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Research Guides

HSTAA 110: History of American Citizenship: Secondary Sources: Historians' Interpretations & Analyses

 journal article example 

Using UW Libraries Search to Find Books

 

Advanced Search | FAQ | Known Issues

  • By Topic - Type in the keywords that broadly describe your topic. For example: immigration seattle history. On the results screen use the "Resource Type" options on the left toolbar to limit your results to books. This will eliminate any articles that were found.
     
  • By Title - search for a specific book by title. Type in the first few words of the book title in quotations.  For example: "magic lands western". if you don't see the book on your list of results then use the "Resource Type" options on the left toolbar to limit your results to books. This will eliminate any book reviews that were found.
     
  • By Author - search for books written by a specific author. Type in the last name followed by the first name of the author in quotations. For example: "findlay john". On the results screen use the "Resource Type" options on the left toolbar to limit your results to books. This will eliminate any book reviews and articles that were found.

Find Articles on American History

America History & Life is the best database to use when looking for academic journal articles in the field of American history.

Search America History & Life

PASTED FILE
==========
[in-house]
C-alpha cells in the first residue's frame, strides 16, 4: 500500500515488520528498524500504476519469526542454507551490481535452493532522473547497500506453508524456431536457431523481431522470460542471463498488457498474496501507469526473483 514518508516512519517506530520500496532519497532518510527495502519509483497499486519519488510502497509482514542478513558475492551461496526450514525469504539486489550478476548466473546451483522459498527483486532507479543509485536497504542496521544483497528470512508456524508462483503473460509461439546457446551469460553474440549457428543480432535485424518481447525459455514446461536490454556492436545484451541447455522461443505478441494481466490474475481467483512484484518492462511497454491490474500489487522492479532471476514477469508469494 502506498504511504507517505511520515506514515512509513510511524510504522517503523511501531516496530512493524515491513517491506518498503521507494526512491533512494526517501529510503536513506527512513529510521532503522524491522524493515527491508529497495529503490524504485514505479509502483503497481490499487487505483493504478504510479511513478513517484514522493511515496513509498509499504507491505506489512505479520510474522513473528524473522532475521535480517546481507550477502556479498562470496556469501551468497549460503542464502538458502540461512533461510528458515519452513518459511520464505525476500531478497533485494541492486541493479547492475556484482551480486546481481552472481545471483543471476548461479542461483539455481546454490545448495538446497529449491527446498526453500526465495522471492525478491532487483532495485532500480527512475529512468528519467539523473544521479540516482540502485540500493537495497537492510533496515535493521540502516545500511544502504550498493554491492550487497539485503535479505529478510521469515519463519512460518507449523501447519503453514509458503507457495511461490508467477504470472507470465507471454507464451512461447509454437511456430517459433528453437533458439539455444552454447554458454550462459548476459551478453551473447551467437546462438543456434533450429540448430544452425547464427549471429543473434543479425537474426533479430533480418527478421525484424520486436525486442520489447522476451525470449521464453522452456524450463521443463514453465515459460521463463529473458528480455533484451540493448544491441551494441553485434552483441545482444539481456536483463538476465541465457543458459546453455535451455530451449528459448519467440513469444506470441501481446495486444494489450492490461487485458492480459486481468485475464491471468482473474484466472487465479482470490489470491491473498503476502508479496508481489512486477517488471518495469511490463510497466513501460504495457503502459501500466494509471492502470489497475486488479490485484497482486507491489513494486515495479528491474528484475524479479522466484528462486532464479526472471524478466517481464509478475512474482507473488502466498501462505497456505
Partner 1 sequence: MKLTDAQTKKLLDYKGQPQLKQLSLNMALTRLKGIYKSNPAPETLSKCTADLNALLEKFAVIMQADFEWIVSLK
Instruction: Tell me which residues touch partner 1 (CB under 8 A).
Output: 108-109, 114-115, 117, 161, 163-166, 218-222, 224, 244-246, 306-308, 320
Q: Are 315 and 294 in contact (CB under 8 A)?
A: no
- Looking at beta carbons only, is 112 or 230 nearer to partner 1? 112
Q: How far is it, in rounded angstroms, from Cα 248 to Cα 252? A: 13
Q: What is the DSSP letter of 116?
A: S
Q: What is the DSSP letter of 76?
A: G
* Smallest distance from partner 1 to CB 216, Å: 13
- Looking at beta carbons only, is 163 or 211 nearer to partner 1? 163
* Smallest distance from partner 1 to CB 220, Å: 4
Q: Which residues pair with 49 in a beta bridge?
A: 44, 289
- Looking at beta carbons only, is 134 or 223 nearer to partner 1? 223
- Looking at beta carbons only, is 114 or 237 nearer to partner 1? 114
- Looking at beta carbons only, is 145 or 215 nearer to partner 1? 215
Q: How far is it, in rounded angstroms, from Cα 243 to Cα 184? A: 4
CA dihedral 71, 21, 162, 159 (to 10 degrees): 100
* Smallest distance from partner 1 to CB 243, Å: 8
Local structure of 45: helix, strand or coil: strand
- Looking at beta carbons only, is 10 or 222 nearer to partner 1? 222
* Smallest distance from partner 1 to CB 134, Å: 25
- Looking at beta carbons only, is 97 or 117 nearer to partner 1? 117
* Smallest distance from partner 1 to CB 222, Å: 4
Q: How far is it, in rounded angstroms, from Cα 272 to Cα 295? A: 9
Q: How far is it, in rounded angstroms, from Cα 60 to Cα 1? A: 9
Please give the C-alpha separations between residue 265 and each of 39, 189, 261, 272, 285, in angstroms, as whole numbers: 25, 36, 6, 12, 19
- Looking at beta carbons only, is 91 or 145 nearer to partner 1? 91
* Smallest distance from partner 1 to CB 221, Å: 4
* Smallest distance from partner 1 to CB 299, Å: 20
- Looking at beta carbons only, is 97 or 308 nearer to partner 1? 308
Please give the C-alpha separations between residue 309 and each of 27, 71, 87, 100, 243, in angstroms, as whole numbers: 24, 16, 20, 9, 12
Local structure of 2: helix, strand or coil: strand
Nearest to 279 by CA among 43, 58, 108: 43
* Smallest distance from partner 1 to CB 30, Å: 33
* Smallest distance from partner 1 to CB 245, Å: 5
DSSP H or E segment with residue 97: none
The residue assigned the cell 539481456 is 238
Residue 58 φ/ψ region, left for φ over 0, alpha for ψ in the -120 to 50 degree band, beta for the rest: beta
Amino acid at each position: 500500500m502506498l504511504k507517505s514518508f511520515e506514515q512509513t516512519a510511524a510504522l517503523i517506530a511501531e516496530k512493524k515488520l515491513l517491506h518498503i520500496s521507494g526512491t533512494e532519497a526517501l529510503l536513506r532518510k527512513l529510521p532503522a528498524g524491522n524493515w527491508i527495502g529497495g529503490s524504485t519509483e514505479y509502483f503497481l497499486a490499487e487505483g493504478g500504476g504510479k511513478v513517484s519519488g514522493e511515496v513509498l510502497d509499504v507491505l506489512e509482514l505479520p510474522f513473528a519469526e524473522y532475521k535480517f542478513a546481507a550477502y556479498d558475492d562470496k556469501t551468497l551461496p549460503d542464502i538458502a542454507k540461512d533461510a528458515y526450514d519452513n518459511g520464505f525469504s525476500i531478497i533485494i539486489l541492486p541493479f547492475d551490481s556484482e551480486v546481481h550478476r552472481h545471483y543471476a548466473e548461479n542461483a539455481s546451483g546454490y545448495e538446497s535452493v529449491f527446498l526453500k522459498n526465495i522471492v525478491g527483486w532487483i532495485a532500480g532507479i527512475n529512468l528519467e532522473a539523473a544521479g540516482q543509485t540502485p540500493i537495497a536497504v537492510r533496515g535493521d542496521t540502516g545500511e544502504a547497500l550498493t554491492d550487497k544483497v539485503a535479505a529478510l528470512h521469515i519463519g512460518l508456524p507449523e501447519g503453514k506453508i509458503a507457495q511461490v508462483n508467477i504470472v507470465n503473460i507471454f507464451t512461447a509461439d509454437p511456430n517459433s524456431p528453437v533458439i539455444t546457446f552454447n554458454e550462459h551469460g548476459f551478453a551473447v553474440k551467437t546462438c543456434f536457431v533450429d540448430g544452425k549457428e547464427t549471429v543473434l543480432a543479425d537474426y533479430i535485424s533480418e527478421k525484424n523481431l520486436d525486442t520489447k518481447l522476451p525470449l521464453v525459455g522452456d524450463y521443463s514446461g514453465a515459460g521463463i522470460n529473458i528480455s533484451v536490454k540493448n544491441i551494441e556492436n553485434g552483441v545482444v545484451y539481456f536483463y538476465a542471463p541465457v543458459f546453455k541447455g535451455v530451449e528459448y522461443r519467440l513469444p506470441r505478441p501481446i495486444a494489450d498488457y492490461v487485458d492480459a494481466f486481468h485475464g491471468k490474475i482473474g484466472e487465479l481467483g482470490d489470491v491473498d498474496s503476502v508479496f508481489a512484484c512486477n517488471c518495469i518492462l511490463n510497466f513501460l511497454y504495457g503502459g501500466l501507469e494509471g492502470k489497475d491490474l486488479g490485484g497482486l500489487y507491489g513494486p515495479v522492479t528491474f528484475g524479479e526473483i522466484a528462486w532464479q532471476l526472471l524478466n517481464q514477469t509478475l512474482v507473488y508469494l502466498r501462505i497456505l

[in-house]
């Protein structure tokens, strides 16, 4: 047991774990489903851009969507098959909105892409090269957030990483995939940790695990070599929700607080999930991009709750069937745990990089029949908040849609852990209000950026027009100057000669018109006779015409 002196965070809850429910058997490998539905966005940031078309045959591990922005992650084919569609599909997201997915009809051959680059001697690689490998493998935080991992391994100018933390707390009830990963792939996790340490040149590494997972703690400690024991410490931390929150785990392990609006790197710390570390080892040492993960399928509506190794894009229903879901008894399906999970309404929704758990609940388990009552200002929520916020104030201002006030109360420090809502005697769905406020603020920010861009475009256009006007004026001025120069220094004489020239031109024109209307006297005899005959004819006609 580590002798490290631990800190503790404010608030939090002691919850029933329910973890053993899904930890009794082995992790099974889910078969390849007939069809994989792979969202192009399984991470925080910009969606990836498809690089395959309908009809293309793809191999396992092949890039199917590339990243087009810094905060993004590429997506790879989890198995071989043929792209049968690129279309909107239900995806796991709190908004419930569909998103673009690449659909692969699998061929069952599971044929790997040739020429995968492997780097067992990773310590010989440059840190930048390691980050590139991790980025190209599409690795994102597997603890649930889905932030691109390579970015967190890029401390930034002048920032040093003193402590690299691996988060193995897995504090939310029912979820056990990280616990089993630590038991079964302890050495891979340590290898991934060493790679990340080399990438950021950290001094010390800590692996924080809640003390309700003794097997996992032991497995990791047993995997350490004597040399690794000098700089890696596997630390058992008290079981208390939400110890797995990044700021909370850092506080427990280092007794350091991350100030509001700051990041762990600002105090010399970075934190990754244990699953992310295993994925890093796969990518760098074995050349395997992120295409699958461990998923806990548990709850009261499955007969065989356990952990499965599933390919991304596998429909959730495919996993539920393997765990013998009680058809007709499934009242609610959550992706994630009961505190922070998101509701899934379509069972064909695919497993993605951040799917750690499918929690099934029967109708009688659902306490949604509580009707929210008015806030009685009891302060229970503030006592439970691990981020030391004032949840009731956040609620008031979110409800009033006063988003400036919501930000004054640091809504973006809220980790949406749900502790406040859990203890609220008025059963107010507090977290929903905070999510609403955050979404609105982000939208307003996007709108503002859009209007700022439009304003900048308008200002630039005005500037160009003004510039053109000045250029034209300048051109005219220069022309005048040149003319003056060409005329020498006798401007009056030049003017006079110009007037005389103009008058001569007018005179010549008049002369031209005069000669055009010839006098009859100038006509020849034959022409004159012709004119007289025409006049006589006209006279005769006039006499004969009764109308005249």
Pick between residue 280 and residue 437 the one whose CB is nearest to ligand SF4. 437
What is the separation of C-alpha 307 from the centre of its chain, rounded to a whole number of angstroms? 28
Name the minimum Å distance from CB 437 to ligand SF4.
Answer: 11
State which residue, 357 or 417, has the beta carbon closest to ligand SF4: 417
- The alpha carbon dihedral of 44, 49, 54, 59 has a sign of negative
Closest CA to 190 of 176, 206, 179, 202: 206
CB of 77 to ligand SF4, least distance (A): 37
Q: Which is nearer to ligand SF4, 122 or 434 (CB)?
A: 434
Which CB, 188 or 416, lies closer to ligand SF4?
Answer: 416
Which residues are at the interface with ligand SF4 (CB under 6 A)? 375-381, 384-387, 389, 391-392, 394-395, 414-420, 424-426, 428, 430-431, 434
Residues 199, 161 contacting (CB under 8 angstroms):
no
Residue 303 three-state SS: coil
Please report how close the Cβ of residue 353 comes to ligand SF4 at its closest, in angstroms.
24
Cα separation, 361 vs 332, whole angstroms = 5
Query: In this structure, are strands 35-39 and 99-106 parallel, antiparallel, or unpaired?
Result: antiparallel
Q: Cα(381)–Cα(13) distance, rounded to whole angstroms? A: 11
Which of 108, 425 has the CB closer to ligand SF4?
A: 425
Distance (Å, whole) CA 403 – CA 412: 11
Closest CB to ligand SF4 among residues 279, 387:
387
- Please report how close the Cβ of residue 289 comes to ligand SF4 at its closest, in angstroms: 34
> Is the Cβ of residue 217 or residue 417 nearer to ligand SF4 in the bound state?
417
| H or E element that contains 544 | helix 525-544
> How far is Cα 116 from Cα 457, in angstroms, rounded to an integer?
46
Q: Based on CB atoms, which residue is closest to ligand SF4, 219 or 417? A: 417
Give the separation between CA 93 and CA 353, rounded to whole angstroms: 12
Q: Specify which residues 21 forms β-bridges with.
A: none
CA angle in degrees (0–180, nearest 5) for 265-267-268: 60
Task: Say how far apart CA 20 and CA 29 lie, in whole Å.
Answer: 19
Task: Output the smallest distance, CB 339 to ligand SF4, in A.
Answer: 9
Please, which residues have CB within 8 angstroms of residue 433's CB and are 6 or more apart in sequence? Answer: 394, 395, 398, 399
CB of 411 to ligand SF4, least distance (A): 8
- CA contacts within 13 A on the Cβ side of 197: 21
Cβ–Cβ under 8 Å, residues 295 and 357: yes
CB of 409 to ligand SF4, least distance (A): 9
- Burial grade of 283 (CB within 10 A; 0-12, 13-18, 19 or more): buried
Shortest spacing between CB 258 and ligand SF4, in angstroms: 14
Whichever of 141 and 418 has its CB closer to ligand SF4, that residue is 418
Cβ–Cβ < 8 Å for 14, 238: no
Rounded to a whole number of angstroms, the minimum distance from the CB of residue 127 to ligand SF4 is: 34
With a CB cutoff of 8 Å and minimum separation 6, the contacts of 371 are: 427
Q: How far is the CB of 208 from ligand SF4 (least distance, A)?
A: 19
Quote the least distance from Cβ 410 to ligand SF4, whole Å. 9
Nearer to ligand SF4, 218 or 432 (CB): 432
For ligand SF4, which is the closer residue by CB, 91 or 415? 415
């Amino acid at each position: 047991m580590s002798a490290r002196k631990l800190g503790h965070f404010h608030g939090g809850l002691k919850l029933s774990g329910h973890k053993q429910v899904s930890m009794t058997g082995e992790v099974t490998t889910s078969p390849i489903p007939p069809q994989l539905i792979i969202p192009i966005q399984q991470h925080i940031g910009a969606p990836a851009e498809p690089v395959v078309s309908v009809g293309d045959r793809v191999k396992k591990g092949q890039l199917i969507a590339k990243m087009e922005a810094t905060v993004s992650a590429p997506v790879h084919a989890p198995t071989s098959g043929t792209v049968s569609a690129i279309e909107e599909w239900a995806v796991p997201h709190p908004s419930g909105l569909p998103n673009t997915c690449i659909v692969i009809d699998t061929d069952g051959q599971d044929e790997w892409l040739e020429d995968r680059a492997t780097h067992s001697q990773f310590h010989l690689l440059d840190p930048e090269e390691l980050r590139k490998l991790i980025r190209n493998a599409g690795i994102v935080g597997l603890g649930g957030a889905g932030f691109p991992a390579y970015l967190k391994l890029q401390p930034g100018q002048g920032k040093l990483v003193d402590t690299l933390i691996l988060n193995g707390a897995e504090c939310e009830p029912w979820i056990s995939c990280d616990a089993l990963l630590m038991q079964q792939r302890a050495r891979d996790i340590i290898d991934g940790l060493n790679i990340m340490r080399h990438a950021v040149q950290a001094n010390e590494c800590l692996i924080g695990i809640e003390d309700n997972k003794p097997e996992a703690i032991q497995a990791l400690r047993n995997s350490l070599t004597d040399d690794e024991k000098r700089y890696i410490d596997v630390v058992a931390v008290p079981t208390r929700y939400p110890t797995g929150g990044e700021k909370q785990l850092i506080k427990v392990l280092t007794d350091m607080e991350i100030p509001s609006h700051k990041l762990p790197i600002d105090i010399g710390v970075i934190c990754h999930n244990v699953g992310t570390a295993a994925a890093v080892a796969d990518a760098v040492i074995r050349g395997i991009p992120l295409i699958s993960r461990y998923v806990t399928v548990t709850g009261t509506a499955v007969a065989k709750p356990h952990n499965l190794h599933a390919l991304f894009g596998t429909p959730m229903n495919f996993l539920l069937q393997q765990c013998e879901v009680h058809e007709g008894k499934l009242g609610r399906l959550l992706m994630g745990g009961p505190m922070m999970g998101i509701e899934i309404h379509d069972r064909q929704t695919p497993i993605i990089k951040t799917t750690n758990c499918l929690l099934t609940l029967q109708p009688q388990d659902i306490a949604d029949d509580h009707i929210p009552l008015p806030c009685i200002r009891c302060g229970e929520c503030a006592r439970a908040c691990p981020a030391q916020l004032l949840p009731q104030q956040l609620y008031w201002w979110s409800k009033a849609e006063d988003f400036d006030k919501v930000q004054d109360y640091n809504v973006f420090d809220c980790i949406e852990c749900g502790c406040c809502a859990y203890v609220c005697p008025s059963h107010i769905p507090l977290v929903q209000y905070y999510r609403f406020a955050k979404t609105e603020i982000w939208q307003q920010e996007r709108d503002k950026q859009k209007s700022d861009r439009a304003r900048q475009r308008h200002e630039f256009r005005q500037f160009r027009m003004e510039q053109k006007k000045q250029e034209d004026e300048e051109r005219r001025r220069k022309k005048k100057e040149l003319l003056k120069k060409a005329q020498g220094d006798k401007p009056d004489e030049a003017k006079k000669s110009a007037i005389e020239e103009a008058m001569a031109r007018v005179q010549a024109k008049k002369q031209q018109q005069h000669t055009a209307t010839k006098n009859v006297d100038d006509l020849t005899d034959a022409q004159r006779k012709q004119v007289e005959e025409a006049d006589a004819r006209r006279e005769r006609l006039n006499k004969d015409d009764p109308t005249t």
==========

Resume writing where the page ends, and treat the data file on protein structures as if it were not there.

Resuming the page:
Link your search terms using the AND connector. For example: women and work and world war. On the search results screen, use the options on the left toolbar to narrow your search results. To find the fulltext of the article (if not provided directly in the database), click on the "Check for Full Text" button and work your way through the screens. Not all articles will be online, some may only be in print, others may not be available at the UW. Articles from journals which the UW does not own can be requested via Interlibrary loan.

Why Use Secondary Sources

The raison d'être of scholars is to attempt to describe, explain, interpret and analyze issues & events. Scholars use evidence to support their interpretations which are most often published in the form of books and journal articles (secondary sources). So why should you use secondary sources?

Strengths

  • Written by expert scholars. Before publication academic books and articles are vetted by other scholars in a process known as peer review.
  • Peer review ensures that scholarly books and articles are more reliable and credible than other types of publications.
  • Provide historical/broader/in depth context and analysis of a topic. For example, if you are researching an Oregon commune, you may want to use a scholarly source to get information on the history of utopian communities in America. 
  • Scholarly articles and books are based on evidence (primary sources) that are cited in the footnotes and bibliography. They are often a quick way to identify potential primary sources that you too may wish to use as evidence in your research paper. 

 

Keep in mind

 

  • Expert scholars are likely to use specialized terminology and theory in their analyses making scholarly articles and books sometimes difficult to understand.